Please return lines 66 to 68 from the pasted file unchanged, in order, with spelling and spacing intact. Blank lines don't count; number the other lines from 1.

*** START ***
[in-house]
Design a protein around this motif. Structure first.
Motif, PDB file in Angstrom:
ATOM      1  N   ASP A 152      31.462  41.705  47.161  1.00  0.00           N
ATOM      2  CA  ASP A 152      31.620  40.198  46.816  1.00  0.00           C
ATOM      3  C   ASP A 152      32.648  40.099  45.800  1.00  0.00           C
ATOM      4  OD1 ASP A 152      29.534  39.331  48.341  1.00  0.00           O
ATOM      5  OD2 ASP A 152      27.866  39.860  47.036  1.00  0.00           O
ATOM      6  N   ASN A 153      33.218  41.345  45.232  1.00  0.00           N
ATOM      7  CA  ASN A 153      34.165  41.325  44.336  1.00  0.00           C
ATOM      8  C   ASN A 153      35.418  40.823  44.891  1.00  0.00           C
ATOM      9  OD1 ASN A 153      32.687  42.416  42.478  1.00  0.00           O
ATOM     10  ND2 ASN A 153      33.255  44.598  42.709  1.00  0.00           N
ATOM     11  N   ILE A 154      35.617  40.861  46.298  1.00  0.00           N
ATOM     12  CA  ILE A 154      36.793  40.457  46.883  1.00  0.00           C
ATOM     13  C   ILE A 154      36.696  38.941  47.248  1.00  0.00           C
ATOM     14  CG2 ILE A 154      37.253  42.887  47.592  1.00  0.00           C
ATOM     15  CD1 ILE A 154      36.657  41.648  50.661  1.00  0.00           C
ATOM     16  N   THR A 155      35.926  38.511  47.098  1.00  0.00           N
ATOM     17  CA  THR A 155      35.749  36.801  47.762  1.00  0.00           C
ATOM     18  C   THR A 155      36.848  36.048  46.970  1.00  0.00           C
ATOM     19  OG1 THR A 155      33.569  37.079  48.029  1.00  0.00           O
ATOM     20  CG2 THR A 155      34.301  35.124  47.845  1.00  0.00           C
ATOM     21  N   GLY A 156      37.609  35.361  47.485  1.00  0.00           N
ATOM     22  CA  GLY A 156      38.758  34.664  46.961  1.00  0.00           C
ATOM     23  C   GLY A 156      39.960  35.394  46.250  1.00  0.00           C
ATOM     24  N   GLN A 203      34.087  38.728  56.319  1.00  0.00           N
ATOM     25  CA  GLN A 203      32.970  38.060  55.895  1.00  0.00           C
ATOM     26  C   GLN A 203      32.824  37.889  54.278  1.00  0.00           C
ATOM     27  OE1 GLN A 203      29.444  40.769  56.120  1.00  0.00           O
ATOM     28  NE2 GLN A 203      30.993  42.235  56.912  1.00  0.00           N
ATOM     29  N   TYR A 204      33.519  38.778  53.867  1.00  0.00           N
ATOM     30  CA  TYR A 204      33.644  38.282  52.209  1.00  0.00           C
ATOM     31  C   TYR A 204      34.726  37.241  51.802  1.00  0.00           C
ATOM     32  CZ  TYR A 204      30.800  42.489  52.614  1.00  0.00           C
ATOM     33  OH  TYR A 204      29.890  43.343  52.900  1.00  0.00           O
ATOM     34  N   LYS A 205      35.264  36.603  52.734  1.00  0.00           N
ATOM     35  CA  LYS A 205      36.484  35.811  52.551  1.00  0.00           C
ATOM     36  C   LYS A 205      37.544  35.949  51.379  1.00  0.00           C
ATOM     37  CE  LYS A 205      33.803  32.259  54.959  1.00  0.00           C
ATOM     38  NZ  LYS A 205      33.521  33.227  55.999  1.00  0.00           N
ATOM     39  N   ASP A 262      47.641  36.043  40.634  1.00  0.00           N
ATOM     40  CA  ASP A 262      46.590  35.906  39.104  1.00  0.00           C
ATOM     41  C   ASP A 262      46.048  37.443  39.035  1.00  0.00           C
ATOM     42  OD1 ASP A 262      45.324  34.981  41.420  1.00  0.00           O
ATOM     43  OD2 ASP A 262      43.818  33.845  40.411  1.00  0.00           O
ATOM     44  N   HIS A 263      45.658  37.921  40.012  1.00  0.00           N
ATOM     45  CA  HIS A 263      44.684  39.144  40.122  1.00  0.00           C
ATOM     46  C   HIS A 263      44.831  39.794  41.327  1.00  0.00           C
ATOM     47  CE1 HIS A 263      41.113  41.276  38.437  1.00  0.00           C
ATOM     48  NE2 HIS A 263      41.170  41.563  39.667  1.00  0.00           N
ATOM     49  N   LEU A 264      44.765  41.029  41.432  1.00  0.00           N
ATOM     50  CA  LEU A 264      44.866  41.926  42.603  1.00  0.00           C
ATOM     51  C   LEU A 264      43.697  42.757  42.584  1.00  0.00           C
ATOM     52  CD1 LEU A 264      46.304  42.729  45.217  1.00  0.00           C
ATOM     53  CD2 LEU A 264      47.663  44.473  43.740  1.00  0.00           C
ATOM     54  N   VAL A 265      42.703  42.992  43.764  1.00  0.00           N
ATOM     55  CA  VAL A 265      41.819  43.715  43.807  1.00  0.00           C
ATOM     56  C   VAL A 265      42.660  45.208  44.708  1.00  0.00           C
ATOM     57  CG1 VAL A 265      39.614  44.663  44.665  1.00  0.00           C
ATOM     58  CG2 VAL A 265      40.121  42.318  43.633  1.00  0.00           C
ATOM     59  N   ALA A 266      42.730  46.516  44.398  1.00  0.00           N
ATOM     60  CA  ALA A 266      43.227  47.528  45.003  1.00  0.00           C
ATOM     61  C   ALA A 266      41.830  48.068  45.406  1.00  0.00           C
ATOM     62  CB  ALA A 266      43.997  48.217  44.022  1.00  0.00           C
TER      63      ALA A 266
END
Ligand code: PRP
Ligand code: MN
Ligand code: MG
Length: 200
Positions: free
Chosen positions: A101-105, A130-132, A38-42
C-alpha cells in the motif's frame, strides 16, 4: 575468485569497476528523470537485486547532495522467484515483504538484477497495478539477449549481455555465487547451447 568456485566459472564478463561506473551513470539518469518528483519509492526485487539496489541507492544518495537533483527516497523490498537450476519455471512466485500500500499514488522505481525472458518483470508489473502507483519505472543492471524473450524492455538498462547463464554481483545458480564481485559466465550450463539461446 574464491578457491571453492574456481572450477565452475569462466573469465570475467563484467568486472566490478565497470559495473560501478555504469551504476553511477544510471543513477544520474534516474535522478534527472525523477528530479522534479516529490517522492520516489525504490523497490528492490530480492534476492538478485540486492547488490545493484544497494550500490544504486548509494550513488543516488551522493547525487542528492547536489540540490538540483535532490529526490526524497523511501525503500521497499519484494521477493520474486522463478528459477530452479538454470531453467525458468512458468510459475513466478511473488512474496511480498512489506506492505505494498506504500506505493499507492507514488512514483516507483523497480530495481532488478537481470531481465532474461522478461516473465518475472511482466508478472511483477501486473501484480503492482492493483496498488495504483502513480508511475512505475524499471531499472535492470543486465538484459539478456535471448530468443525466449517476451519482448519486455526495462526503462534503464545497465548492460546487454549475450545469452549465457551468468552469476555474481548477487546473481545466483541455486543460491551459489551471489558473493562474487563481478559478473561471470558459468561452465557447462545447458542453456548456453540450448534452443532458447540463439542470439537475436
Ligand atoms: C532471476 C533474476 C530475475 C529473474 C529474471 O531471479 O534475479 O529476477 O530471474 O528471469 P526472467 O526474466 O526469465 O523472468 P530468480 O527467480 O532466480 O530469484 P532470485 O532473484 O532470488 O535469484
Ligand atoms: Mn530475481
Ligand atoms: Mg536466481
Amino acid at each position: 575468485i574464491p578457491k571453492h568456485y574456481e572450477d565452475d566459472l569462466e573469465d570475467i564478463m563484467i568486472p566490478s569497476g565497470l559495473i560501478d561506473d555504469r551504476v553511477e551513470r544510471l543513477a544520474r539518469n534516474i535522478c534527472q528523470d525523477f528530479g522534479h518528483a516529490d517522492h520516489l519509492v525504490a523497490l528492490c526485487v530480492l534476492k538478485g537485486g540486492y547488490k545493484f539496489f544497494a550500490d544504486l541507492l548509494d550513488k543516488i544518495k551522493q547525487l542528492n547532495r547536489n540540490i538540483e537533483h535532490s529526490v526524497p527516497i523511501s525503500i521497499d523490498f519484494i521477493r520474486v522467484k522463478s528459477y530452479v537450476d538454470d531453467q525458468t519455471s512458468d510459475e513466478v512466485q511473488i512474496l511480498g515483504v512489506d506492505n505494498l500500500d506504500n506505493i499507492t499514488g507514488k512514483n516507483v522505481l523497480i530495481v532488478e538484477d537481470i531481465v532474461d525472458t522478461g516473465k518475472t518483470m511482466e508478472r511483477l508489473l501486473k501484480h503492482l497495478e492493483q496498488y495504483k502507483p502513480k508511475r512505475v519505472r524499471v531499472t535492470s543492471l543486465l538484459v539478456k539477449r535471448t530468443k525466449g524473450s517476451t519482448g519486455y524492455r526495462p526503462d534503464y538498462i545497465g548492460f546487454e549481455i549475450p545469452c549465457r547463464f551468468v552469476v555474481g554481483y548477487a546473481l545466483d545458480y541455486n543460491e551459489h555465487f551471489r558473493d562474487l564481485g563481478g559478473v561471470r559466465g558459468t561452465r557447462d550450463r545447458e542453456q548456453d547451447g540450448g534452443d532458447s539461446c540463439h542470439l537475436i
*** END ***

TER      63      ALA A 266
END
Ligand code: PRP